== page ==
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Prophylactic use of antibiotic-loaded bone cements


Lehel Bálint

Consultant Orthopaedic Surgeon

Kidderminster Hospital

E: [email protected]

In 1958 Sir John Charnley devised the ­revolutionary method of joint replacement, which has been a key treatment ever since and mainly relies on the use of polymethyl methacrylate (PMMA) bone cement.(1) In 1970 Buchholz and Engelbrecht ­demonstrated that pulverised antibiotic mixed with the bone cement had the potential to dissolve and thus provide prophylaxis after solidification of the cement.(2) Since then, results from a great number of patients have suggested that combined local and systemic antibiotic prophylaxis is the most effective method of infection control.(3) The antibiotics added should be water-soluble, heat-resistant and ­powder formulation-available, but should not adversely affect the cement’s mechanical properties. More than 40 antibiotics currently satisfy these criteria and can be used for this purpose, including the aminoglucosides gentamicin, oxacillin, tobramycin, ­vancomycin, ­clindamycin and erythromycin, as well as the cephalosporins cefasoline, cefuroxime and cefamandol.(4) Nevertheless, it is mandatory to know whether the concentration of antibiotic is above the minimal inhibitory concentration (MIC), and is therefore effective, or below it, which could lead to antibiotic resistance, or even serve as a substrate for bacteria and play a role in biofilm formation.(6,7) The MIC value of gentamicin sulphate is 1 µg/ml, against the sensitive ­staphylococci strains.(8) Although the exact details of the elution of antibiotics are not fully understood, polymethyl ­metacrylate bone cement is currently used in more than one million joint replacements a year worldwide.

Several reports discuss the pharmacodynamic ­properties of cephalosporins and other antibiotics added to bone cement.(9–15) Aminoglycosides are the most frequently used antibiotics in orthopaedic surgery but because of their toxicity it is essential to be aware of their circulating concentration.(16–18)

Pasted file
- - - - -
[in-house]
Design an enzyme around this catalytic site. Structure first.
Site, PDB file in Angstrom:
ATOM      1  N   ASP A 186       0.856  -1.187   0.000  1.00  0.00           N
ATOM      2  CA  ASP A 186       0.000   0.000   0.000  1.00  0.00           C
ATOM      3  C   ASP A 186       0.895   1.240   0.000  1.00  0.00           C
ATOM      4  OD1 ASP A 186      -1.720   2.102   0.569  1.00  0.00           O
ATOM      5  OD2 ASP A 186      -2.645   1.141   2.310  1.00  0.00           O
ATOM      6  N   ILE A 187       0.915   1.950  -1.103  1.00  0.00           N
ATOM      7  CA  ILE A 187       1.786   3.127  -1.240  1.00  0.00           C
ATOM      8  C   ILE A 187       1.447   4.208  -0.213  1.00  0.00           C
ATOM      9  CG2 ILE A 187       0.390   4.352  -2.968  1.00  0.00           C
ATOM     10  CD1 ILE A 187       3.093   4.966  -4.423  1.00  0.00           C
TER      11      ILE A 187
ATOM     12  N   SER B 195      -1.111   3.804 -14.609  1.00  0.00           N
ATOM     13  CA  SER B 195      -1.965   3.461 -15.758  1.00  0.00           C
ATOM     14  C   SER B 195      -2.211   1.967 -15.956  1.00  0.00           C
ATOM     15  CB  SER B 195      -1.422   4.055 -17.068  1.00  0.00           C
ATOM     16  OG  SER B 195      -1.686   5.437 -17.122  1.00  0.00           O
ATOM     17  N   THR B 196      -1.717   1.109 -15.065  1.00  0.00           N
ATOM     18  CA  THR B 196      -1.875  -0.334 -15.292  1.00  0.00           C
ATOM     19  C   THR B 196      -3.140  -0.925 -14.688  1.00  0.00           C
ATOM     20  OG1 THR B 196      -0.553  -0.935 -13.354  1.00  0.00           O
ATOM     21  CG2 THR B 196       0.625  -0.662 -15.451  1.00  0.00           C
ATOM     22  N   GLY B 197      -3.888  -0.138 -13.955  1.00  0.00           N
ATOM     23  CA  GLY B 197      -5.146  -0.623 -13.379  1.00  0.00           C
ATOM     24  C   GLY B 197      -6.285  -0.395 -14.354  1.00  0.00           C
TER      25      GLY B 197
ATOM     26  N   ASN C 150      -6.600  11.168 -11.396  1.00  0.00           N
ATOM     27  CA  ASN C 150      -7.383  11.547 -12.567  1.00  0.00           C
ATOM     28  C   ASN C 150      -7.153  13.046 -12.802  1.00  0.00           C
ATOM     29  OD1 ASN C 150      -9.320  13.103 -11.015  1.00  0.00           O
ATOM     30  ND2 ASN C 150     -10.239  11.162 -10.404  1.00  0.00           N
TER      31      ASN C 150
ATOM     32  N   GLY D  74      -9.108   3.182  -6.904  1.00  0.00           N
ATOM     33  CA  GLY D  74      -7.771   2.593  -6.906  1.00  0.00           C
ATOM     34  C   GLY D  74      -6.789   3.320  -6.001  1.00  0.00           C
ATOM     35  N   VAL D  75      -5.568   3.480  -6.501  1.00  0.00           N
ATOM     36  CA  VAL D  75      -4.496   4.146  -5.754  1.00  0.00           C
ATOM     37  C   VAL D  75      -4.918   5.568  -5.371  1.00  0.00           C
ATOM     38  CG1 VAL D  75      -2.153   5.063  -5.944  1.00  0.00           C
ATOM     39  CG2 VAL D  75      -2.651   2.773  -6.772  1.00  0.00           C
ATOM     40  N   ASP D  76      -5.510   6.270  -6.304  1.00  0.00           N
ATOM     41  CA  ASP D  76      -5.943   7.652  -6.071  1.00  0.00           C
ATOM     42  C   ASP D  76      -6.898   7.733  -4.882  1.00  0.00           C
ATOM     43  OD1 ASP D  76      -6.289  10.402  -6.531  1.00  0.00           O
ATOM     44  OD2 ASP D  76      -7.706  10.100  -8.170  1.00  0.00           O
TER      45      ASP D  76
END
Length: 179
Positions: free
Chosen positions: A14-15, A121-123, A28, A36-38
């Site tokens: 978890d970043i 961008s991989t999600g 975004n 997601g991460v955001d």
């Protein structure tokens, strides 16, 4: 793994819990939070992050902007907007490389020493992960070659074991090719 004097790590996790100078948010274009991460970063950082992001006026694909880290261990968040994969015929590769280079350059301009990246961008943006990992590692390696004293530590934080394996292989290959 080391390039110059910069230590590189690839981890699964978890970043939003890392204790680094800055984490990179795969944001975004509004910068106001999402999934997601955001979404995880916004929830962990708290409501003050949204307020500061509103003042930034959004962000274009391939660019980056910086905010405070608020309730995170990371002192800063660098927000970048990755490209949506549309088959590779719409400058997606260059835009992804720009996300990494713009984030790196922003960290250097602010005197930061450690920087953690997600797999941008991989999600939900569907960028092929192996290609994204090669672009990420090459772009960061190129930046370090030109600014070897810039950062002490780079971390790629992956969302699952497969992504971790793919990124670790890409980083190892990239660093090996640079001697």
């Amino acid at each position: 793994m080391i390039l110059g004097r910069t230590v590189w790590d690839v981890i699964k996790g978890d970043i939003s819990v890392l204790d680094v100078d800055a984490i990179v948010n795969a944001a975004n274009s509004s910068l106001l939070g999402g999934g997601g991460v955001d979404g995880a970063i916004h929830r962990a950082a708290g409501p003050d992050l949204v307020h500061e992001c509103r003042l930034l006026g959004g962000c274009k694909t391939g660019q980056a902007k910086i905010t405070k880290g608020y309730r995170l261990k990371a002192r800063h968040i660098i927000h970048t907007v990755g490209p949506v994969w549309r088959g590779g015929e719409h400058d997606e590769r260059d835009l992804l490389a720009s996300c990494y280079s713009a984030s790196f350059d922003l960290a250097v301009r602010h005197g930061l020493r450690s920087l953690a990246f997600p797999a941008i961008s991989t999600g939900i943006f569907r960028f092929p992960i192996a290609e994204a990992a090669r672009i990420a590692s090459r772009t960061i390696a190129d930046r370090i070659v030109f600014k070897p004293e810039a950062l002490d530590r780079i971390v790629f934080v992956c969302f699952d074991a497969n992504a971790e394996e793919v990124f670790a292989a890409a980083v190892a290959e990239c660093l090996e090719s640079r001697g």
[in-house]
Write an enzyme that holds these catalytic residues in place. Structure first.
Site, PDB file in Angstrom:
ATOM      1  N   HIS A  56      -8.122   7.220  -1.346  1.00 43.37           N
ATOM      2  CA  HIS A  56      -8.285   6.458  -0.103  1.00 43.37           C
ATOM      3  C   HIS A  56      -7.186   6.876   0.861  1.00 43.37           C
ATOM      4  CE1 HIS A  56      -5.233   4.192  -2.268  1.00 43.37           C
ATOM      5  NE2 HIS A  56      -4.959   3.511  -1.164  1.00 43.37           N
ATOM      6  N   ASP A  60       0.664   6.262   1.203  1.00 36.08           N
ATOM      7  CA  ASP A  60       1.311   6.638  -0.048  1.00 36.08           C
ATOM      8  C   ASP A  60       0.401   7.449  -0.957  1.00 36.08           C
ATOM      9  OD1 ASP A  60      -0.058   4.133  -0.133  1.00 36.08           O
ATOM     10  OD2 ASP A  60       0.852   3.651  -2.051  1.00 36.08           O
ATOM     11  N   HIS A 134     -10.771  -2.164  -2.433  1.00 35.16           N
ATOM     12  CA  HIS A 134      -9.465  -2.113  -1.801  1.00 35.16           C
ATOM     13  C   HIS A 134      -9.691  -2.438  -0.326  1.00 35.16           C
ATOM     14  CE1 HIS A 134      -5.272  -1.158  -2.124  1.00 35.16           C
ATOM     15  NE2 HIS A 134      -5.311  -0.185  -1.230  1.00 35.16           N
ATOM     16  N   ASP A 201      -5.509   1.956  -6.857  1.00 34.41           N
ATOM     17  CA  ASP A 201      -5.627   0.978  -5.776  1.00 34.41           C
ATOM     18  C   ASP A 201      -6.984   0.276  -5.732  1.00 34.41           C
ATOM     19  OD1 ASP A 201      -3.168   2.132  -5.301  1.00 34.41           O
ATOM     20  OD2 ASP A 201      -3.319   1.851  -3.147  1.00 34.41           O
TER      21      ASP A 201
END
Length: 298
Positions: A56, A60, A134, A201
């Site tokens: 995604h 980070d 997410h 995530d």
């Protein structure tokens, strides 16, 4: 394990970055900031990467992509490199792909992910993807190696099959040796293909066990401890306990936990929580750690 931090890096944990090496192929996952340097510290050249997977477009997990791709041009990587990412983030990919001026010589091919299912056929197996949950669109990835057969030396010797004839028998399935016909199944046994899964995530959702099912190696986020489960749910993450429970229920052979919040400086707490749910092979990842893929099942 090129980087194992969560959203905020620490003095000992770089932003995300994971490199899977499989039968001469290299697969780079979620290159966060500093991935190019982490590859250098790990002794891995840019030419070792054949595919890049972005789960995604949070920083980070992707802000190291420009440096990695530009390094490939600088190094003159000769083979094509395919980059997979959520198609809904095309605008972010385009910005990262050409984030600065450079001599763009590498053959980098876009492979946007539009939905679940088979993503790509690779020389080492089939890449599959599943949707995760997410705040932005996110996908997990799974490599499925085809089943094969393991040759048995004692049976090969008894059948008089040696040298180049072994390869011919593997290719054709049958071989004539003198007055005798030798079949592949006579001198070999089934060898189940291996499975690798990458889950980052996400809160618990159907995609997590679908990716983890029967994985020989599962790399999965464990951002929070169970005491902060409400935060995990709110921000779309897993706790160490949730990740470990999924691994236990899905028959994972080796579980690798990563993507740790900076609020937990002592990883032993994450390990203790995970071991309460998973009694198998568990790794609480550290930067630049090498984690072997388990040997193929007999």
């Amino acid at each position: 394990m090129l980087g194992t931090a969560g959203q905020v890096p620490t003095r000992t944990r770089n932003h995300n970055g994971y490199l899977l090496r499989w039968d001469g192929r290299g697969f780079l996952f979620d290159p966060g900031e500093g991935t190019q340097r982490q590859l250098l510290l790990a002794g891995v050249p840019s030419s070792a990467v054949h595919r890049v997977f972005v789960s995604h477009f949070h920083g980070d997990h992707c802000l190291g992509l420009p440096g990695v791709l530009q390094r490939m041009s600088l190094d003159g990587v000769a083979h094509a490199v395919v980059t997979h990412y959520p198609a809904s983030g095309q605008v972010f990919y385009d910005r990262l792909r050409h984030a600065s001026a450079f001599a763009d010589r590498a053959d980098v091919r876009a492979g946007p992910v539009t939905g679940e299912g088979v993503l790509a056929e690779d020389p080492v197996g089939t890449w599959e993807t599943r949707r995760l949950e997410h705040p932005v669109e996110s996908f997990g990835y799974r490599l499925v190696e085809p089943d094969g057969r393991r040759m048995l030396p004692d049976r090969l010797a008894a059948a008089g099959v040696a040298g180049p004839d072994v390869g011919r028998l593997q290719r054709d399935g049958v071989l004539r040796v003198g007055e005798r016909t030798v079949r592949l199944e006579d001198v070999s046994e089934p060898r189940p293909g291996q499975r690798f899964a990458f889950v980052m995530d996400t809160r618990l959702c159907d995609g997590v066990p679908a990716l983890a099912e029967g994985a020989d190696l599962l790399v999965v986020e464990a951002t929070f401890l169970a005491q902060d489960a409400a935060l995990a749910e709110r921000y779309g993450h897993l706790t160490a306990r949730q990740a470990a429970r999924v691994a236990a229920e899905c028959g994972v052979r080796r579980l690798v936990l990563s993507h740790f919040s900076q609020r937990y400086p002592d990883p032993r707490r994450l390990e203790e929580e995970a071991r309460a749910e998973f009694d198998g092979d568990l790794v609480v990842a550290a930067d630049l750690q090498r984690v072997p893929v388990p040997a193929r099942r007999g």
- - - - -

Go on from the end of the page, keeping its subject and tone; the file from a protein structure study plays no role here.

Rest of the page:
In primary prosthesis implantation, the antibiotics most frequently used for adding into bone cement as a local prophylaxis are tobramycin in the USA and gentamicin sulphate in Europe (typically at 1 g ­gentamicin sulphate to 40 g bone cement).(3,18–26)

In the past three decades, several publications have discussed the emission of antibiotics from bone cement. They focused on the ­characteristics of tobramycin, the bone-penetrating capacity of ­ciprofloxacin, cefuroxime, cephaloridin, other ­cephalosporins, neomycin-bacitracin combination and cephalothin.(9,10,12,15,19–21,25,27–29)

Electron microscopy pictures reveal that after fixation, bone cement has a porous surface.(30) There is no consensus in the literature regarding ­antibiotic discharge from the cement. Emission can take place from the surface of the cement or through the pores and clefts within the matrix of the cement. Experiments suggest that gentamicin, after being mixed with the cement, is generally emitted from microfractures and cavities in the cement via simple diffusion.(5) Each of the different modes of antibiotic emission is dominant at different times.(14) Picknell et al observed that, regardless of which antibiotic was examined, emission correlated mainly with the extent of surface area of the cement.18 Repro­ducing the periprosthetic space in vitro, Hendriks et al found that the antibiotic concentration remained as high as 1,000 times above MIC,(31) and so would have a prophylactic effect against the sensitive ­Staphylococcus aureus strains.

Kendall et al found that in two-step hip revision surgery performed due to pyogenic infection, the antibiotic spacer had no bacteria attached to its ­surface.6 However, numerous publications discuss the dangers of drug resistance.(7,28,32–37)

The conclusion could be drawn from that of a study by Heck et al, who randomly questioned 2,139 orthopaedic surgeons in the USA on the use of antibiotic-loaded bone cement for prophylactic purposes: despite the lack of FDA approval, the vast majority responded that the use of antibiotic-loaded bone cement for infection prophylaxis was a routine feature of their practice.(38,39)

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32. Ceffa R, Andreoni S, Borre S, et al. Mucoraceae infections of antibiotic-loaded cement spacers in the treatment of bacterial infections caused by knee arthroplasty. J Arthroplasty 2002;17(2):235-8.
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35. Thomes B, Murray P, Bouchier-Hayes D.
Development of resistant strains of Staphylococcus epidermidis on gentamicin-loaded bone cement in vivo. J Bone Joint Surg Br 2002;84(5):758-60.
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